I helped a person rehang their front door today – didn’t really know them except to see them around once in a while.
They approached me and said they heard I did such work, explained the problem to me and asked how much I’d want to fix it. Since they didn’t live far from where I was fueling up I said I’d run by and take a look at it if they wanted.
Once there I saw it wasn’t much of a problem and said I could fix it in a half hour or so and didn’t want anything to do so.
They protested a little and I told them if and when an opportunity arose to pay it forward in some way.
I noticed a high end dslr camera setting on a stand and asked if he were into photography, which led to a discussion about the various merits of assorted gear – when I finished fixing the door and demonstrated that all was well he thanked me and said to hold on a minute – when he returned he was toting an old Yashica Electro GSN Rangefinder slr film camera and a Yashica Yashinon DX 50mm f2.0 lens in a small case.
Said it worked perfectly but he wasn’t into film and he’d like me to have it as “payment”.
I told him the lens alone was worth more than the time I had invested and a collector or film buff would probably be interested in the camera, he said it didn’t matter, that the camera had been sitting in the closet for a while, he’d never really gotten the hang of it and figured I’d make good use of it so I accepted and smiled all the way home.
Great vintage camera and a stellar lens, though I’m not sure when it was made, I’ll look up the serial number later to date it but they both look like they just came off the showroom floor.
Already attached it to a dslr via a M42 screw mount adapter, took a few shots, and blown away by the color and sharpness.
This lens comes in “faster” versions as well, as fast as f1.4 I believe, but F2.0 is plenty fast, the “cost” was hard to beat, and I feel this lens would acquit itself well against it’s faster cousins.
Adapters are cheap, some are even AF confirm, for those into dslrs and overwhelmed by the price of new “prime lenses” they might want to consider a “vintage” lens or two.
They’ll have to surrender the auto modes and letting the camera do the thinking for them but the optical rewards not to mention the money saved should more than compensate.
Every lens I have came either as the result of barter, thriftstores, fleamarkets, yardsales, and friends pulling something out of the closet or running across one in the various venues mentioned, it’s taken a while to build the collection and I’m sure some would find it lacking but I’m satisfied.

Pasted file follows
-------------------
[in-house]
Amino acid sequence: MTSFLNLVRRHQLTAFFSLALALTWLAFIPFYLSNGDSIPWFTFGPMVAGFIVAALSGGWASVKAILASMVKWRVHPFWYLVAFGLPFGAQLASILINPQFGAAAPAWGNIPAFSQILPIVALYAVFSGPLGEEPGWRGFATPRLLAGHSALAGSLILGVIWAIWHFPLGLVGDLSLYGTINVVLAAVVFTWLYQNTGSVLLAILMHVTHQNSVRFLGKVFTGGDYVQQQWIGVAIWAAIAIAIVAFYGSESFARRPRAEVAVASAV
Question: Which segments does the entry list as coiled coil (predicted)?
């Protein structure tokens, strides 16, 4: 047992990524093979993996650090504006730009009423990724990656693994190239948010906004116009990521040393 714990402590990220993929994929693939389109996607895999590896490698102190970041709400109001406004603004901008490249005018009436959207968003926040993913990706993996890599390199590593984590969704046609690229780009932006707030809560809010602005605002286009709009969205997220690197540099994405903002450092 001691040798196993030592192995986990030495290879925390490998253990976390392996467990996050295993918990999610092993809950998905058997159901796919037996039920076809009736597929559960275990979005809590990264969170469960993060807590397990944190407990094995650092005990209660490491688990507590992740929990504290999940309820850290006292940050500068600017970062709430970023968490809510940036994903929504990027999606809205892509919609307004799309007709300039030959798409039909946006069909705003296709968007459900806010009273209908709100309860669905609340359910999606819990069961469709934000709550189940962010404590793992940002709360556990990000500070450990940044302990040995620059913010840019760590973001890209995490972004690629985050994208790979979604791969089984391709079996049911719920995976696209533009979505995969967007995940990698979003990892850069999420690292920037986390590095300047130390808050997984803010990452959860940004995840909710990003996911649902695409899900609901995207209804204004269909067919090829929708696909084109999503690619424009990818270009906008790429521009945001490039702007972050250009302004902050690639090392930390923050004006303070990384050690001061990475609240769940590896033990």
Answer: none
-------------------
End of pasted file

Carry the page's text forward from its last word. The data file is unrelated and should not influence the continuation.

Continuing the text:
The lenses I have in my opinion will shoot right alongside the current wave of primes and their combined cost is WELL BELOW that of a single new prime , they include Pentax SMC and Super Takumars, Yashica, Vivitar, Sigma, Canon, and a Zeiss.
I’ve even got an old Sigma 600mm F8 mirror lens the previous owner found so aggravating they couldn’t wait to pass it on – understandably so. Weird bokeh characterized by donuts with holes and a “slow” lens, but if you are mindful of it’s limitations and the conditions you use it in it’s capable of producing some surprising images – I rarely use it but understand it was something of the rage during it’s day and primarily keep it for the oddity and challenge it presents, if nothing else it will keep a person on their toes.
Lenses are subjective, in most cases it’s about what a person likes, their perception, and I assume the common denominator is image and build quality – build quality, one of the reasons I avoid new lenses of which the vast majority are of plastic construction….that and the outrageous price.
I haven’t looked for any reviews on this lens as all reviews related to anything are subjective, just as the opinion I’ve given is, and I’m not one given to color charts, though I may take a look.
Being subjective I’ve found reviews often enough don’t match the personal experience I have with a particular lens, and I don’t believe all complaints can be laid upon “bad copies”, so I never consider them definitive.
If you’re going to put out big bucks for quality glass why should it be encased in plastic?
That’s the same marketing strategy as downsizing screens on cell phones, tablets, etc while convincing everyone it’s advantageous, and once the market has been saturated and people begin to say hey wait a minute the process is reversed with the emphasis on being advantageous again.
A plastic encased lens because it’s “lighter”? Come on now, lifting a camera with a lens isn’t a Herculean task, and the argument of camera shake hardly applies as the new cameras and lenses are image stabilized – then there’s always tripods and monopods or bumping the ISO.
I have an older well used and constructed tripod that may weigh ten pounds or more I won’t hesitate to sling over my shoulder with a strap and head out into the woods.
Inconvenient? Too heavy? Not to my way of thinking if it’s all about taking the best shot available.
An added advantage to the tripod is it’s heavy enough to fend off crazed bloodthirsty bears, Bigfoot, a Calvary patrol, and just about anything else looking for trouble.
I don’t consider myself the Oz of photography or even an “expert” for that matter – I don’t make my living at it and considering the size of the demographic seriously doubt many do – it’s something I enjoy just as I enjoy the work I do and strive to do both to the best of my ability while paying attention to the details.
I’ve got some busy nail pounding days ahead of me this week but first opportunity I’ll be out with this lens and post a few shots.
What a hoot huh? A redskinned savage running around with a camera – too bad we didn’t have them in former centuries to document what was going on.